ANNAPOLIS -- Gov. William Donald Schaefer made a dramatic plea last night to the state growth commission to quickly finish its task of fashioning a bill to protect the Chesapeake Bay from uncontrolled development.
"Don't be afraid," he told the members of his Commission on Growth in the Chesapeake Bay Region, which met at the Department of Agriculture.
"This is the year of decision," he told the panel, warning that if it does not send him its controversial Maryland Growth and Chesapeake Bay Protection Act, the bill may lose momentum and never be voted into law.
The commission moved in that direction last night by tightening some provisions of the bill and making plans to have a final version ready for the beginning of the legislative session next week.
The proposal, which was unveiled last month after a year of preparation, would reverse the state's sprawling pattern of growth and channel development to selected higher-density areas. The goal is to protect the state's sensitive wetlands, tidal plains and habitats of endangered species.
"It was his way of urging us on," said Will C. Baker, a member of the panel and head of the Chesapeake Bay Foundation, the state's largest environmental organization. "It's no secret that this commission has been arguing about things in this bill."
Members from the Eastern Shore have attacked the bill as damaging to the rights of property owners; others have said its sweeping changes are being considered too quickly.
Still others worry about the cost. At a Dec. 18 meeting to consider amendments to the proposal, the commission also voted to ask Mr. Schaefer for a commitment to pay the cost of controlling growth, including additional roads, schools and water lines.
Last night, the panel received a pledge from Charles L. Benton Jr., secretary of budget and fiscal planning, that the state would pick up some of the $1.2 billion "infrastructure gap."
Mr. Benton said his office determined that if the state passes the bill, the necessary new local roads, schools and water lines will cost $6.5 billion over the next 20 years. That's $1.2 billion more than what local towns and counties could afford to pay, given the current state tax system.
Mr. Benton said the state government must make a commitment to provide "a major share" of the gap when it appears, which he estimated would be around 1994.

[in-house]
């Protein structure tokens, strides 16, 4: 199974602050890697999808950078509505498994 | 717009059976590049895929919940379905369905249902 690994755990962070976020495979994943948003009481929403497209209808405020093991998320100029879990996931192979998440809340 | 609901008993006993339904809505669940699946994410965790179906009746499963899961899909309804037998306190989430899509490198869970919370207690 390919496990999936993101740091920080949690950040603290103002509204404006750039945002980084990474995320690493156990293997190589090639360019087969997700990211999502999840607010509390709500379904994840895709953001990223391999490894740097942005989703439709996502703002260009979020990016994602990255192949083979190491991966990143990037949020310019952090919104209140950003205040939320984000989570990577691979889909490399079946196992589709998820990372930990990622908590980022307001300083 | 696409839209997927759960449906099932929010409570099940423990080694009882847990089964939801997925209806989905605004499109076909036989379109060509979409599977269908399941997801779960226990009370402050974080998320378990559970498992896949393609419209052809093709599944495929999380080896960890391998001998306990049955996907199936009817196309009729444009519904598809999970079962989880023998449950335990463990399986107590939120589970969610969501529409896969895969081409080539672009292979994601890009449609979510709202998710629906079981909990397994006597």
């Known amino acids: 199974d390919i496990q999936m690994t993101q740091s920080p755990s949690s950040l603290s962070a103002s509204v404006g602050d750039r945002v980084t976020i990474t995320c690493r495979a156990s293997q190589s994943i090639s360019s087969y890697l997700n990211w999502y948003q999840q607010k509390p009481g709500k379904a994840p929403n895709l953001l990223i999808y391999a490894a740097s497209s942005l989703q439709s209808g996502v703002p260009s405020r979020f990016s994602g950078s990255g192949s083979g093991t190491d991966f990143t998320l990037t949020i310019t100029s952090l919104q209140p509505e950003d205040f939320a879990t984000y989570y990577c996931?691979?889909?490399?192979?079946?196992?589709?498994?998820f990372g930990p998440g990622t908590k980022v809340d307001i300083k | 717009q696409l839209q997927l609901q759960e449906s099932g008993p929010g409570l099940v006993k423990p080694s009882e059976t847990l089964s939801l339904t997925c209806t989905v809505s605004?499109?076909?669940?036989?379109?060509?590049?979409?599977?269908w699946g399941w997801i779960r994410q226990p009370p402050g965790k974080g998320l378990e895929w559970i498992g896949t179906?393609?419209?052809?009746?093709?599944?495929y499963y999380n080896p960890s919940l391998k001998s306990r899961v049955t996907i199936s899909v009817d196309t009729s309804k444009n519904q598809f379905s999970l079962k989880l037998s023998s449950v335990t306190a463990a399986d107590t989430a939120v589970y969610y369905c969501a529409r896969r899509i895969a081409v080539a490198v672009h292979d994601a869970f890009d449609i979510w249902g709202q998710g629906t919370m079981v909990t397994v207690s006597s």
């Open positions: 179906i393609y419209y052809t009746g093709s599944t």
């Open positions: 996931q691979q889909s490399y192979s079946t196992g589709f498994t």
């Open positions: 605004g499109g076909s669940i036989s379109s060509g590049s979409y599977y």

Though the letter from Mr. Benton was vague as to where the money would come from, the commission voted to add the state commitment to the proposal.
During the four-hour meeting, the panel also changed the bill, tightening procedures allowing landowners to get special exceptions to build on sensitive areas and lowering the minimum number of houses per acre in counties with fewer than 100,000 people.
One of the amendments clarified what development would be allowed in the flood plain surrounding the Ocean City area.
The original draft would have halted almost all development in the Ocean City area, said John Griffin, deputy secretary of the Department of Natural Resources. Amendments last night and at last month's meeting in Annapolis lifted some restrictions, allowing low-density development in the island's back bays.
That apparently had sparked the revelation Mr. Schaefer made to nonplused panel members early in the meeting. The new rules evidently would allow Mr. Schaefer to build on a 2-acre plot he bought last year near Saddle Creek in Worcester County. Mr. Schaefer said a newspaper had investigated the property in the wake of the change.
"Did I ask any of you to change a vote?" he asked the committee. Silence was the response.
The commission chairman, Michael Barnes, said that the record should note that silence indicated no one had been asked by the governor to change their vote.
Mr. Schaefer said later that growth was something that he was very concerned about, regardless of his property. He said there was money in the budget for planning as well as future infrastructure needs.
The bill survived one last assault near the end of the meeting when the Maryland Municipal League's president, Regina J. McNeil, tried to drop a provision prohibiting a municipality from having stricter development regulations than the state's and to gut the bill's enforcement provisions. None of the amendments was approved.
The commission will meet next Monday for the last time at the Department of Transportation to receive a final version of the bill. The bill will be delivered to the governor to present to the General Assembly, which is to convene Jan. 9.